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The Effect of Rocking Rate and Angle on T-Cell Cultures Grown in Xuri™ Cell Expansion Systems

Sam Kale

August 10, 2016

10 Min Read

W25_unit_angle-old-cellbag-full-300x275.jpgEnsuring optimal and maximal T-cell production is critical for adoptive immunotherapy and its continued success. The Xuri Cell Expansion System is an important component of the clinical manufacturing process. So we sought to investigate the effect of rocking rate and angle on the expansion of T cells. We used a combination of experimental data and predictive modeling and found that the rocking rate significantly influences the expansion potential of T cells with minimal contribution from the rocking angle. The results indicate that a rocking rate of 15 rocks per minute (rpm) and an angle of 6° are optimal for a 1-L bioreactor to maximize cell growth using a Xuri Cell Expansion System.

The rapid and reproducible expansion of highly specific T cells from low precursor frequencies to clinically relevant numbers is essential for the success of autologous cell therapy techniques. The Xuri Cell Expansion System uses media perfusion and a rocking platform to achieve cell densities >10 × 106/mL in single-use bioreactors. Achieving high cell densities in a closed environment allows for therapeutic doses to be grown in a single vessel, minimizing the risk of patient-sample contamination and enabling cultures to be grown in smaller volumes, therefore providing a savings of media expense and space requirements. The rocking motion is critical for efficient gas and media mixing and is set by changing the rocking rate and the angle at which the platform tilts. For T cells grown in a 1-L culture volume, our standard rocking conditions have been previously set at 10 rpm with an angle of 6°. We wanted to determine how these parameters individually influence the final cell density so we could determine the optimal settings for maximum cell growth.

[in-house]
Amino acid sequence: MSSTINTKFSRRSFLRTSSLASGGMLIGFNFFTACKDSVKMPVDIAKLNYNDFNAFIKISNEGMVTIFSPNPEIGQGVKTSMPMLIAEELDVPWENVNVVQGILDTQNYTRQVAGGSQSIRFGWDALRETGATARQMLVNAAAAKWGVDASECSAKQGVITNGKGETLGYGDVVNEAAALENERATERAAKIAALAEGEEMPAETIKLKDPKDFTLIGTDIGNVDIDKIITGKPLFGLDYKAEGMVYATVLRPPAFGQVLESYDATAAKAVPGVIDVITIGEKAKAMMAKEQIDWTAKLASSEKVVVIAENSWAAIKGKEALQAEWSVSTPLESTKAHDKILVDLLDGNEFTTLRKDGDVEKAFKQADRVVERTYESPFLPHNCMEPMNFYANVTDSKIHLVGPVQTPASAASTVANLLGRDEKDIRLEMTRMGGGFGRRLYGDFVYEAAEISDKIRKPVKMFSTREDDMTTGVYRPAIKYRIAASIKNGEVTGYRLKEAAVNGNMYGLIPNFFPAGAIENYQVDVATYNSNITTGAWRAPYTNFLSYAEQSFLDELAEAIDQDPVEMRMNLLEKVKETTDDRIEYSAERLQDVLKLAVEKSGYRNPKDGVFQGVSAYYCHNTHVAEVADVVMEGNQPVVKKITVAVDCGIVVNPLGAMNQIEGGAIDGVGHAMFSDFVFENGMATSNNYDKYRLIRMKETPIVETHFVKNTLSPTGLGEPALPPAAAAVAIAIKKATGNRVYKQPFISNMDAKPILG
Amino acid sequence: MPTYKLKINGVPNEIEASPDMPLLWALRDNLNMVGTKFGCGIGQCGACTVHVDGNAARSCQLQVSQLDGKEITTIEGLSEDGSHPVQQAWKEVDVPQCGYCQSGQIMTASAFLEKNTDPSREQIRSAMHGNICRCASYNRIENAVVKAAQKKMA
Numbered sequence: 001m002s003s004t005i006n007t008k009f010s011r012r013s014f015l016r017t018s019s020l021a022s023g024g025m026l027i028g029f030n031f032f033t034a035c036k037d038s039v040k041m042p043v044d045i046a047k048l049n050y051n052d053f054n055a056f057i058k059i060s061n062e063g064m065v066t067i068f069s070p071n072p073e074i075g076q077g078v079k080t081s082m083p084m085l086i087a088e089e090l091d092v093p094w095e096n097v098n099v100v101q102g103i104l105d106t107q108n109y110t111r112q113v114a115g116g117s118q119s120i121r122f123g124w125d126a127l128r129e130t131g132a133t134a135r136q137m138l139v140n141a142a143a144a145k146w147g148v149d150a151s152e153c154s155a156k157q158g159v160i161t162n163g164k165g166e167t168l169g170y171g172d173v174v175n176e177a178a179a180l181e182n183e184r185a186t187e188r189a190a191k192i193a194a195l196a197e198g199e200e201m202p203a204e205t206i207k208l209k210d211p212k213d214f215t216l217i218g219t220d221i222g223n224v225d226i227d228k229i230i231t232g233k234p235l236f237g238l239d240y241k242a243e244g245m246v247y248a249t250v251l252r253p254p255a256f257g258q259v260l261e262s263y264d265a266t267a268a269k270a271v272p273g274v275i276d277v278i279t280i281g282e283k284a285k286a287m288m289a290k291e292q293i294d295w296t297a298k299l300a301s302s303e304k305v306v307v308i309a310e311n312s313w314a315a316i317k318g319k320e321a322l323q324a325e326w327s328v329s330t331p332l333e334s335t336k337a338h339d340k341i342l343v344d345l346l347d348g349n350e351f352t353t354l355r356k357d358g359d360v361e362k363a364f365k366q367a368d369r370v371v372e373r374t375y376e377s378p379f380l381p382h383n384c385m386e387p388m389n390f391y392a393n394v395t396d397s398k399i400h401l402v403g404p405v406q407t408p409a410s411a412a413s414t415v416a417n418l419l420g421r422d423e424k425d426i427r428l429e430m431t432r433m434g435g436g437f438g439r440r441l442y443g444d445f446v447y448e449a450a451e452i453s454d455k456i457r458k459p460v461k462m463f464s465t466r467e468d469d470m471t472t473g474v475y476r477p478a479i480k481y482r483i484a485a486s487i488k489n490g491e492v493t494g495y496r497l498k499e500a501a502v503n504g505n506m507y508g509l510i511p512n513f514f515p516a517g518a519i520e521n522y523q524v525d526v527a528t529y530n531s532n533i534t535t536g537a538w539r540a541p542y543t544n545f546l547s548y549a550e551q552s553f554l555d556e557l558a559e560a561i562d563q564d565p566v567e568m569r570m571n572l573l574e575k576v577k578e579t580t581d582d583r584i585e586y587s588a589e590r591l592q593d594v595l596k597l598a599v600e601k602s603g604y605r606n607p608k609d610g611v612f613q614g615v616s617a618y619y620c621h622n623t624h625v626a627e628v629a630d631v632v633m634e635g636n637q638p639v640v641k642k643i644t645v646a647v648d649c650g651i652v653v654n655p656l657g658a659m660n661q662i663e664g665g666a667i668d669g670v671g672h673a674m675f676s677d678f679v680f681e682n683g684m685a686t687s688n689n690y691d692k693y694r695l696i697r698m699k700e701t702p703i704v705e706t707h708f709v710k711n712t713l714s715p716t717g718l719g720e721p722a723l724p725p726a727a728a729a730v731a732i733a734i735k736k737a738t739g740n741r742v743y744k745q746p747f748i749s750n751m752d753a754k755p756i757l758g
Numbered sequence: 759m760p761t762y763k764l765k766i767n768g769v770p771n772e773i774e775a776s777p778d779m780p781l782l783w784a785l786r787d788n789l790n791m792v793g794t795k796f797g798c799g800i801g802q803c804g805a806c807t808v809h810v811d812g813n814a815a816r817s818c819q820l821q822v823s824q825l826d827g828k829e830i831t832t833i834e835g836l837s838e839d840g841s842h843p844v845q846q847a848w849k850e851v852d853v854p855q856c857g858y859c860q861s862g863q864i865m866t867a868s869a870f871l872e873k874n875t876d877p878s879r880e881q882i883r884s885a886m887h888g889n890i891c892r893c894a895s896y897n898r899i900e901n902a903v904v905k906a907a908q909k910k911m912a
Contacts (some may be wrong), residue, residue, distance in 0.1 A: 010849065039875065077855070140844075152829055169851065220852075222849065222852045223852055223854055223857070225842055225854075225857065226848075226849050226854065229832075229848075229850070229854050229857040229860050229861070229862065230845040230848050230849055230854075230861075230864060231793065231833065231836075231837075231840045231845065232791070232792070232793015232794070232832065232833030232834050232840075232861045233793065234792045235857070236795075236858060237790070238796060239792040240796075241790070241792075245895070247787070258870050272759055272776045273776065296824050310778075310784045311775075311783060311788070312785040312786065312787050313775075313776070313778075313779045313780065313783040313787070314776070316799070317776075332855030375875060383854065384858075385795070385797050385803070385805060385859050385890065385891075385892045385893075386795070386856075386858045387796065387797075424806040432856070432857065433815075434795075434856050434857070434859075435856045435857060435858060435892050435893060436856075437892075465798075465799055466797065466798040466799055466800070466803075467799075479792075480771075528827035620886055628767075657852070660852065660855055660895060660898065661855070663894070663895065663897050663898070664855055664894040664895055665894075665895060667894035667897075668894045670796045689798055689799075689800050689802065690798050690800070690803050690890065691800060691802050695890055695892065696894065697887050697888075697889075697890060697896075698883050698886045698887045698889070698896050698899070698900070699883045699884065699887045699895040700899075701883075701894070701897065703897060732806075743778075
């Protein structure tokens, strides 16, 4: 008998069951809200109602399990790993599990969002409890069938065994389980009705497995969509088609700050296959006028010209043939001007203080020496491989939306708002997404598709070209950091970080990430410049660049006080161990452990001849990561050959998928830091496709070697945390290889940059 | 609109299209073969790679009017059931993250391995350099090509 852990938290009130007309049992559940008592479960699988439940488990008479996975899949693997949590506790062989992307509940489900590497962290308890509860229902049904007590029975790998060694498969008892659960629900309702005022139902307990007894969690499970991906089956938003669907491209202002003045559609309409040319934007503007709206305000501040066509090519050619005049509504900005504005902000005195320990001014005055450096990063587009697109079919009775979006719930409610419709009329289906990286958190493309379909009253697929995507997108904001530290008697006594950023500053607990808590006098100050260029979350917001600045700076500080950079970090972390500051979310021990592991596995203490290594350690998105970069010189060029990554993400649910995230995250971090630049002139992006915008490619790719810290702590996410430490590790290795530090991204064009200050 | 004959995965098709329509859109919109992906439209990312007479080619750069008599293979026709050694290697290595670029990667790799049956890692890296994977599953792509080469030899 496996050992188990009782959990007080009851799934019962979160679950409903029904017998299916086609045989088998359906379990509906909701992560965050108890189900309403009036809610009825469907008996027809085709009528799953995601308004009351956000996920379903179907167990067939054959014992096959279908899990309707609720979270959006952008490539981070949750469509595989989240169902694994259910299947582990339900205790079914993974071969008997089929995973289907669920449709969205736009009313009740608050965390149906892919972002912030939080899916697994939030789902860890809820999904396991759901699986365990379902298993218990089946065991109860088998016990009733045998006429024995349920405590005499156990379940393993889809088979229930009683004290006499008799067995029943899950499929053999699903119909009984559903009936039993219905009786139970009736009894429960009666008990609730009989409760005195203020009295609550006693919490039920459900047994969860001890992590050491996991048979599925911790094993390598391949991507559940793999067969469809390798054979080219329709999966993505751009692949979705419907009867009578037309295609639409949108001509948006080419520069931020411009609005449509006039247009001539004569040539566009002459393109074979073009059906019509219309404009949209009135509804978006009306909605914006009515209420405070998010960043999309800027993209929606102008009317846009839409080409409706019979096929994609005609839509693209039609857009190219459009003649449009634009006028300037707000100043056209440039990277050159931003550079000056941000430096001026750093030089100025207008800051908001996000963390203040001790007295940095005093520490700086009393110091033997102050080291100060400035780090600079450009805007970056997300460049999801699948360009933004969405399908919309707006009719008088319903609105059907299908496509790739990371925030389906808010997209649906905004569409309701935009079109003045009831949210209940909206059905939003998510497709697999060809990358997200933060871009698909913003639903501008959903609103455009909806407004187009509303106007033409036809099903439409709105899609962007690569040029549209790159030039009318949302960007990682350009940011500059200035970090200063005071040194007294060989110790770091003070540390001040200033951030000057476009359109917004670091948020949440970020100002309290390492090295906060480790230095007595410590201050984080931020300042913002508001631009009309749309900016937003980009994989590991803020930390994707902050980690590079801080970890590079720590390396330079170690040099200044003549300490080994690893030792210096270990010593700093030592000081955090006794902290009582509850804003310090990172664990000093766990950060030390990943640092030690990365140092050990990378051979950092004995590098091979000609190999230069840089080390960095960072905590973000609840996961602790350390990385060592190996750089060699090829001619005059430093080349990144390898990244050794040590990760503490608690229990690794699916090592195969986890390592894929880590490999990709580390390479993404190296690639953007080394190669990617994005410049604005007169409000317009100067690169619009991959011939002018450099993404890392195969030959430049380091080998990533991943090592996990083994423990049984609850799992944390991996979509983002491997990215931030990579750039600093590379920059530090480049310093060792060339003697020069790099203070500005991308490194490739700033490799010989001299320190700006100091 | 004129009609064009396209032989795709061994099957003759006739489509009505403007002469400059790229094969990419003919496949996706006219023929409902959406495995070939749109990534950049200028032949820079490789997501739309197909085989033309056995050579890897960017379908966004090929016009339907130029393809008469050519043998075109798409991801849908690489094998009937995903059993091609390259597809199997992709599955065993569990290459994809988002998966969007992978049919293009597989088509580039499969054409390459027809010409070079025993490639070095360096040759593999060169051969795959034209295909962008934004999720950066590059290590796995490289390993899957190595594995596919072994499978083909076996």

Activation of T Cells in Static Culture: Frozen human peripheral blood mononuclear cells (PBMCs) were thawed, washed twice, and cultured in T225 flasks at 1 × 106 cells/mL in X-VIVO™ 10 media (Lonza) supplemented with 5% heat-inactivated human serum (PAA), 2 mM GlutaMAX™ (Life Technologies), 1% penicillin-streptomycin (Life Technologies), and 20 ng/mL of IL-2 (Peprotech). T-cell expander CD3/CD28 beads (Life Technologies) were added to the culture at a ratio of 3:1 beads:CD3+ T cell. After three days, cells were counted and maintained at 0.5 × 106 cells/mL by media addition for a further two days.


Figure 1: Growth kinetics of T-cell cultures using different rocking rates and angles; cells were grown in static culture for five days before being transferred to the Xuri W5. Error bars representing standard deviation of the mean are shown for 6° rocking angle (n = 3 for 2 rpm, n = 5 for 10 rpm. For all other conditions, n = 1).

Expansion of T cells in Cellbag™ Bioreactors: After five days in static culture, cells were transferred to Cellbag bioreactors and cultured on Xuri Cell Expansion System W5 or W25 for a further nine days. Cells were maintained at 0.5 × 106 cells/mL by adding media to the Cellbag until reaching the final volume of 1,000 mL (usually with 24 h of Cellbag inoculation), after which, perfusion was enabled. Perfusion rates were set to maintain ammonium levels <2.0 mmol/L and lactate levels <25 mmol/L. Rocking rates of 2, 10, and 18 rpm with angles of 2°, 6°, and 9° were used in all combinations, except for 2 rpm and 2°. Cultures were monitored daily for growth and viability (Figure 1).